3D Printing News Briefs, March 23, 2024: AM in the US Coast Guard, Navy, & More

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In today’s 3D Printing News Briefs, we’re discussing the use of 3D printing in various branches of the military, including the U.S. Coast Guard, the U.S. Navy, and the German Navy. Then we’ll tell you about a 3D printed satellite antenna, before moving on to news about mixed-reality 3D printed art and AI clothes. Finally, a popular video game console gets a 3D printed keyboard dock.

AM Opportunities & Guidelines for the U.S. Coast Guard

Service members on board the USCGC Venturous (WMEC-625) used a 3D printer to replace broken and cracked handles on the Y-gate, which allows a fireplug to feed into two separate hoses. The Coast Guard uses three phases to decide what to print: triage, development, and deployment. Image: U.S. Coast Guard

As Lieutenant Commander Andrew P. Armstrong, U.S. Coast Guard, writes for the U.S. Naval Institute, there are many opportunities for AM in the Coast Guard, so long as the technology is “fully understood and applied sensibly.” Luckily, this military branch has created a set of guidelines to determine how 3D printers can best be implemented. The service evaluates and validates each proposed part for 3D printing using triage, development, and deployment phases. The first, initiated by a request from a member or unit through the normal engineering support path, is the decision to commit time and resources toward 3D printing a part, or not. The standardized request form contains the necessary information for the part, including why there’s a need to print it and to what it is subject to. If the AM integrated product team (AM-IPT) determines that the request is feasible, risk assessment appraisals take place, followed by a criticality assessment, and then the part is assigned a classification—negligible failure consequence, high risk, etc. The final decision is likely made by the local command, but very highly influenced by the technical authority’s recommendation.

The technical work begins in the development phase, where a physical part is created, along with a strong technical data package. Important questions are answered during this phase, such as determining whether the part can be repeatedly produced with the proper dimensions, if it’s strong enough for the task, and what QA checks are need post-printing. An approved technical data package will affirmatively answer the question “Does the technical authority have confidence that this part will perform its functions reliably without undue risk to persons or equipment?” Finally, in the deployment phase, the part is coded in the logistics system, entered into the Coast Guard’s eWarehouse, and made accessible and downloadable to all members. Next steps for the Coast Guard’s use of AM could include using the governance system to start building up an internal network for AM, and also partnering with the rest of the Sea Services by creating a standard process for cross-service part approval.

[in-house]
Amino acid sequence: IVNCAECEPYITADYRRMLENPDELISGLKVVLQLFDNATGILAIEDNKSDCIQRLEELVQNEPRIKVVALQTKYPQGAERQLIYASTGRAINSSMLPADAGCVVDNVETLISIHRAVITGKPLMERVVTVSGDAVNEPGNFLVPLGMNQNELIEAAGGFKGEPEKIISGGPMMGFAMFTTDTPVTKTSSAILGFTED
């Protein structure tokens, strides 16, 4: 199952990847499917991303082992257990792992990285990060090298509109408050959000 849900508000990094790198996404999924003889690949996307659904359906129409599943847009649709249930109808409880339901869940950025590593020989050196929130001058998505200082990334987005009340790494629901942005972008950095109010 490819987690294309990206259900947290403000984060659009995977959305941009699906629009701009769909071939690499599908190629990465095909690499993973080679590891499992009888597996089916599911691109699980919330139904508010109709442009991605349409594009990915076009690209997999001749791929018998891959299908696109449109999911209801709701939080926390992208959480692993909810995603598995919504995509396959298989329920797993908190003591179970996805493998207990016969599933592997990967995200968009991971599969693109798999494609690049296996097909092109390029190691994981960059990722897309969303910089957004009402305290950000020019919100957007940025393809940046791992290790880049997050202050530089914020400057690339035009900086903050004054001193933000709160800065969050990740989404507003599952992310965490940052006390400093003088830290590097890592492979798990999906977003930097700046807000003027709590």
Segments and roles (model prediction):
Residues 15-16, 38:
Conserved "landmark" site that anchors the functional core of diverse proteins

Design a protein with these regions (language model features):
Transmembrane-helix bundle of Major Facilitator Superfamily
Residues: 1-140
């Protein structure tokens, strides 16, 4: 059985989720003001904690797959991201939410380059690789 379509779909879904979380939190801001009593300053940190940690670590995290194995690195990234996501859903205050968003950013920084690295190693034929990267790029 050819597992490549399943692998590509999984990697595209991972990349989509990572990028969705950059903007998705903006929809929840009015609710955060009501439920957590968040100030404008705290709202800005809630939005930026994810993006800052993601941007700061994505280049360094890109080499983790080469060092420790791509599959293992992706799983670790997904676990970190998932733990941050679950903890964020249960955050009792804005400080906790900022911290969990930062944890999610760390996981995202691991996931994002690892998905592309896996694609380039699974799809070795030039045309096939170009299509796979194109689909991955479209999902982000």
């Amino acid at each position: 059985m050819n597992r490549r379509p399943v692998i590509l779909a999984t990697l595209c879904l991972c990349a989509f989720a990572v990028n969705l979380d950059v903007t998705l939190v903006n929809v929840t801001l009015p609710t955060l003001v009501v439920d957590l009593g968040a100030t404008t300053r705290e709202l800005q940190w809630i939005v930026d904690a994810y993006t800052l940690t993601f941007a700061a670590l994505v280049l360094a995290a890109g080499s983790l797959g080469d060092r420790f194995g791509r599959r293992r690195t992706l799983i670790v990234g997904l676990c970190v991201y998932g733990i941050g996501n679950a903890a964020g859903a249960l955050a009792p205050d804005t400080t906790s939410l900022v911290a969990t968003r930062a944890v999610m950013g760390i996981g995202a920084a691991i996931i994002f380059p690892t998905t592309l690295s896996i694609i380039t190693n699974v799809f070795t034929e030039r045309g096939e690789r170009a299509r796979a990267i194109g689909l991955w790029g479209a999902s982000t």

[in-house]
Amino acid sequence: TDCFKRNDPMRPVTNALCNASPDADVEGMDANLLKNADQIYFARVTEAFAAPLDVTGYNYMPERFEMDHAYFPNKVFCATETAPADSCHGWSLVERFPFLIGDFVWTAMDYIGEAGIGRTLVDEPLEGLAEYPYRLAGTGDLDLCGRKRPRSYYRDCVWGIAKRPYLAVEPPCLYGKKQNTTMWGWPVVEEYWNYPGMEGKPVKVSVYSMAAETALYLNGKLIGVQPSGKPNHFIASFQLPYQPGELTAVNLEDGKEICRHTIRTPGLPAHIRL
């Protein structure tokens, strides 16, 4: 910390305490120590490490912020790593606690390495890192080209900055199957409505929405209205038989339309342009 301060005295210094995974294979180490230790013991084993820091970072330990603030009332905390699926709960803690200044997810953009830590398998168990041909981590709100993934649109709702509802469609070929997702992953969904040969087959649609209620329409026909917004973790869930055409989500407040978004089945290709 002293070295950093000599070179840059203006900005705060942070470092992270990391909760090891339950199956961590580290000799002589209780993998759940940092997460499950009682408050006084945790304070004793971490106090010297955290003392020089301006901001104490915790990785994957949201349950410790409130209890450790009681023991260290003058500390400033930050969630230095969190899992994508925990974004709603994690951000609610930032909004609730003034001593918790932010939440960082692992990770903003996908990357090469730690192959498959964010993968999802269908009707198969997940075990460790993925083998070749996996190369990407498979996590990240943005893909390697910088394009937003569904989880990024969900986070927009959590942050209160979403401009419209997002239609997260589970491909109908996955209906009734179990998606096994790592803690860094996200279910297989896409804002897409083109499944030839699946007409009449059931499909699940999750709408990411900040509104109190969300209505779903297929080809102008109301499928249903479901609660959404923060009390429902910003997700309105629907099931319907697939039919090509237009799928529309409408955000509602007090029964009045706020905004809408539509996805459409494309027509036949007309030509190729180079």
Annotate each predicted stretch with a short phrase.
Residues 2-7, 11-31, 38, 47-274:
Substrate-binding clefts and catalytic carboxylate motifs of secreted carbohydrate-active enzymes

BPMI Using Lincoln Electric’s Metal AM to Support US Navy

Cleveland, Ohio-based Lincoln Electric operates what it calls the world’s largest wire-based 3D metal printing platform, which has been chosen by Bechtel Plant Machinery, Inc. (BPMI) to help support the U.S. Navy. Lincoln Electric’s AM solution is vertically integrated with high-volume wire manufacturing across 3D robotic cell integration, proprietary SculptPrint OS software, and a range of alloys to print large-scale metal-based parts at a high rate of speed. This development program will advance Lincoln Electric’s proprietary metal AM process for BPMI’s mission critical applications, and the company will be 3D printing very large propulsion components that weight up to 20,000 pounds and measure nearly 10 feet in diameter.

“We are pleased to be a strategic partner to BPMI and support the U.S. Navy’s goal to accelerate shipbuilding. We believe our advanced manufacturing process, supported by inhouse wire feedstock production and industry-leading application, automation and metallurgical expertise can add significant value in meeting the U.S. Navy’s goals,” said Mark Douglass, PhD, Business Development Manager, Lincoln Electric Additive Solutions.

ChatGPT-based Part Vectorizer Tool Available for Public Use

A team of German researchers, including Dr.-Ing. Sascha Hartig, who’s previously spoken at our AMS event, developed an interesting tool, the “ChatGPT-based Part Vectorizer,” which transforms the physical characteristics of a part into structured complexity vectors for manufacturing. Essentially, the Part Vectorizer converts information about a part’s size, quality assurance levels, technical specifications, material class, and post-processing requirements into a complexity vector, which can then enhance production control within AM. This tool was specifically designed for AM requirements, and the OpenAI platform was a central part of its development, as it enabled the creation of a custom GPT (Generative Pre-trained Transformer) without the user needing in-depth knowledge of programming. The final vector follows a format which represents the component’s most important attributes in a standardized form.